Since the new lum is way above what we want autogain_n_exp drops exp multiple
steps to compensate to an exp of 12, which is much too low as 16 was to low, so
then it starts increasing it again and the cycle restarts.

I strongly believe this is all caused by a wrong reg10max !!

As said before you should first disable autogain and then manual change exp one
step at a time and make sure all steps are equally large. If they are not
reg10max is of. Once you've got exposure to be a continues scale even though it
changes 2 registers, then you can re-enable autogain and hopefully it will work
much much better.

>     I don't know why the windows driver is touching these MSB's it is
>     basicly
>     slowing the framerate by 2/3ths for some unknown reason.
> 
>  
> I think the MSB bits are changed when the webcam is capturing in 
> 640x480, from what I've been testing, the image is very unstable if the 
> framerate is too high at that resolution.
> 

Yes, that figures I've been doing some math. 30 fps works fine at 352x288, 
352x288 generates 101376 bytes / frame. So with compression enabled the sonix 
brdige can clearly transport 30 * 101376 = 3041280 bytes per second.

640 * 480 * 30 would do 9216000 bytes / sec, which is 3 times as much and that 
indeed even with compression is most likely too much for an usb-1.1 connection, 
so I'm not surprised that 640x480 does not work at max ( == 30) fps, but given 
the code you've added to the setexposure method:

+
+		/* In 640x480, if the reg11 has less than 2, the image is
+		   unstable. */
+		if (gspca_dev->cam.cam_mode[(int) gspca_dev->curr_mode].priv == 0
+		    && reg11 < 3)
+			reg11 = 3;

Which means that you've reduced the max frame rate by a facto of three, I would 
expect no further mucking with the framerate adjust register to be necessary. 
Also keep in mind that further mucking with the framerate adjustment register 
will lead to framerates which are not a clean division of 30 or 25 fps killing 
the artificial light flicker filtering of the setfreq function.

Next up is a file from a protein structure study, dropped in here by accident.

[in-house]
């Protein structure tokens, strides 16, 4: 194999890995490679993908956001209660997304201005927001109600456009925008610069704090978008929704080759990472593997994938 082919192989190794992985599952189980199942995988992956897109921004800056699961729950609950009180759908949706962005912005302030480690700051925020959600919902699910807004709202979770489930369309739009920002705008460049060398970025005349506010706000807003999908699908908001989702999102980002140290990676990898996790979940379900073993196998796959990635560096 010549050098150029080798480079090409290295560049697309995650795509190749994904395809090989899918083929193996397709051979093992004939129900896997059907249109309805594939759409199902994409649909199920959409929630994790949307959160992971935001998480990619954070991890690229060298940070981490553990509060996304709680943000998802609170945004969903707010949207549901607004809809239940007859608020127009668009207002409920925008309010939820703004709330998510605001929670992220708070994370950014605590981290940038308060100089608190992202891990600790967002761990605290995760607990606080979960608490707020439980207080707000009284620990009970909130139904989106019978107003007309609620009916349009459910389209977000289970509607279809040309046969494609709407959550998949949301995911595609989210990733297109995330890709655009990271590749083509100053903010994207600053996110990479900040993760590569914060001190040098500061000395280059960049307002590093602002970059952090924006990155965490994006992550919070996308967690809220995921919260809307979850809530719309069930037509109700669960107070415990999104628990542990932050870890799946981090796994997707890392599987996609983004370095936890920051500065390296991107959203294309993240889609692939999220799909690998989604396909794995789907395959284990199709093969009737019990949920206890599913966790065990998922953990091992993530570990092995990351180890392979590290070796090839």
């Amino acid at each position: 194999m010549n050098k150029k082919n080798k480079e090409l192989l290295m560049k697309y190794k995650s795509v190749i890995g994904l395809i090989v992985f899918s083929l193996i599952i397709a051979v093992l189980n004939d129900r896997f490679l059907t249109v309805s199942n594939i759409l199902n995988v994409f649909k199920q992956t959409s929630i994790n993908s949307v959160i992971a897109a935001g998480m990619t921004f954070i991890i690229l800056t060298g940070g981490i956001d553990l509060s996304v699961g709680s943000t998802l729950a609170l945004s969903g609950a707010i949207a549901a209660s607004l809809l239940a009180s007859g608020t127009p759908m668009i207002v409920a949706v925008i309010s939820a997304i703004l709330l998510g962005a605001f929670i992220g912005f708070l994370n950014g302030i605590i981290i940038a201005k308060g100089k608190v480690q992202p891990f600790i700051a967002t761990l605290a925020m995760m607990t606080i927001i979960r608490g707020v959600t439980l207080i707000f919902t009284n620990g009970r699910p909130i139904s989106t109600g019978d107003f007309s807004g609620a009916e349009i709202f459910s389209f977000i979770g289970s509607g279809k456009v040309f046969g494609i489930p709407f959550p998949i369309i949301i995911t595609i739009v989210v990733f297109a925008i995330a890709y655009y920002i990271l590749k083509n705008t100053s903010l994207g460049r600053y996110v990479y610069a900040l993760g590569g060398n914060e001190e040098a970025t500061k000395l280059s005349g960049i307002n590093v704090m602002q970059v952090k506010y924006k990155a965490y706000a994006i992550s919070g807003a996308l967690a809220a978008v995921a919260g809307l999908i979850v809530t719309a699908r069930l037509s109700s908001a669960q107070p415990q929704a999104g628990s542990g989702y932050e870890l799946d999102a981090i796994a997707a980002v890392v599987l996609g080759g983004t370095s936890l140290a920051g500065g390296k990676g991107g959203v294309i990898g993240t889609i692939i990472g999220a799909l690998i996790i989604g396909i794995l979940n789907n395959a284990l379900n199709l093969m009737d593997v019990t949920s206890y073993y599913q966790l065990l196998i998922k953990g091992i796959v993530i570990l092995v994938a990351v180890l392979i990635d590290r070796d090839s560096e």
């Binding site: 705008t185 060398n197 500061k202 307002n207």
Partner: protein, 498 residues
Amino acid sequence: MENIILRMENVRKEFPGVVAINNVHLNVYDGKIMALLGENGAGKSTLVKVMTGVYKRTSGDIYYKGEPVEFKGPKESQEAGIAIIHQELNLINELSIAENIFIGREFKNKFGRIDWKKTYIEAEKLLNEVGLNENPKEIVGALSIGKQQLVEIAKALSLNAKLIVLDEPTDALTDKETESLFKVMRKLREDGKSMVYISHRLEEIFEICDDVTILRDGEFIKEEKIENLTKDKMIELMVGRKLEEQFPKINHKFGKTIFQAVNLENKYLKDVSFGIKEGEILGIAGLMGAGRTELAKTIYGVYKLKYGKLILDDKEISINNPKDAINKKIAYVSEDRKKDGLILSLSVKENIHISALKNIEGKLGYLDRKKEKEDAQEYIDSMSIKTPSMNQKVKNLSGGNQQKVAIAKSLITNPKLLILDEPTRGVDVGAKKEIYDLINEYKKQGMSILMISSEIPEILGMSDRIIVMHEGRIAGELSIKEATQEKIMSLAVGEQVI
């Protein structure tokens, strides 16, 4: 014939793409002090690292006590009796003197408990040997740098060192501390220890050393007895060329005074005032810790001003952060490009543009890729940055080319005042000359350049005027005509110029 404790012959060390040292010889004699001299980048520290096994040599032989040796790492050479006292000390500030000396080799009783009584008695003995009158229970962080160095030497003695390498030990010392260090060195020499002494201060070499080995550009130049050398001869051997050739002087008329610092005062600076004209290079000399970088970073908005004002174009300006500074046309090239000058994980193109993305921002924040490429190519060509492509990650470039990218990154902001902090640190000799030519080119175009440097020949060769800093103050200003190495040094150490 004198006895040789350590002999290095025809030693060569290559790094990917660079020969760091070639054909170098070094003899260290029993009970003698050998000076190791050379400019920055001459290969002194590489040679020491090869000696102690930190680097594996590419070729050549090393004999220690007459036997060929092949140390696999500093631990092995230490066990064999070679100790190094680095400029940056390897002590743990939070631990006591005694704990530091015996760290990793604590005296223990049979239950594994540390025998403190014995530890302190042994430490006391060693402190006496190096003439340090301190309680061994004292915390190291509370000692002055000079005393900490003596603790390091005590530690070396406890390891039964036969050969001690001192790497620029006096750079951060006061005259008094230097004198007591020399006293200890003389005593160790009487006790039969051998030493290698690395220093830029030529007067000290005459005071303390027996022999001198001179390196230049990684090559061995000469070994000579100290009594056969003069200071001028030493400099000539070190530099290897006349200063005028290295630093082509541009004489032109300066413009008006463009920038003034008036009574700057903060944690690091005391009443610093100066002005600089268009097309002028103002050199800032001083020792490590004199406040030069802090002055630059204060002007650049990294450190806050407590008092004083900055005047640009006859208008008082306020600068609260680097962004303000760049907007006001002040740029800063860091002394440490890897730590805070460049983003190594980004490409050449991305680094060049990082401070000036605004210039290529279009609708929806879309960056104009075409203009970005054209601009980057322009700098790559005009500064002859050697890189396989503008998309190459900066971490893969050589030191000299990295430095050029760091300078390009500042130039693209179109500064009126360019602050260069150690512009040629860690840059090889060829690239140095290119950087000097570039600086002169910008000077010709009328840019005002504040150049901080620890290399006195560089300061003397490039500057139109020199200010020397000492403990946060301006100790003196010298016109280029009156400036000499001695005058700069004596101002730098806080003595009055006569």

So can you please give things a try without making any modifications to reg 2a ?

Also I see in the patch in your next mail that you are also playing with bit 7 
(mask 0x80) of register 0x13. This changes the assumption of the sensor about 
its clock crystal from 27Mhz to 24MHz, this sort of counter acts the lowering 
of the clock frequency done by the changes to the MSB of the framerate adjust 
register (reg 2a) as this changes the framerate in the opposite direction.

Summarizing, you're playing with the framerate in 3 different ways:
1 through register 11 which sets the final framerate divisor, this is fine
   as this is needed to control exposure. Not allowing the divisor to drop
   below 3 when in 640x480 mode also is fine
2 through reg 2a and 2b (the framerate adjust registers), this really should
   only be used to change the non divised framerate between 30 and 25 fps to
   match the powerline frequency and stop flicker caused by powerline frequency
   / base framerate mismatch. The adjustment needed to remove the powerline
   flicker is so small that the msb register (2a) never needs to be touched
3 through reg 13 bit 7, which changes the sensors assumption about its driving
   clock / cristal. This should really never be changed, this is only meant to
   allow using the sensor with different crystals, not as a method of playing
   tricks with the framerate.

So can you please give things a try in 640x480 mode with the divisor kept at 3 
or higher, and no changes to 2a / 13 ?

Thanks & Regards,

Hans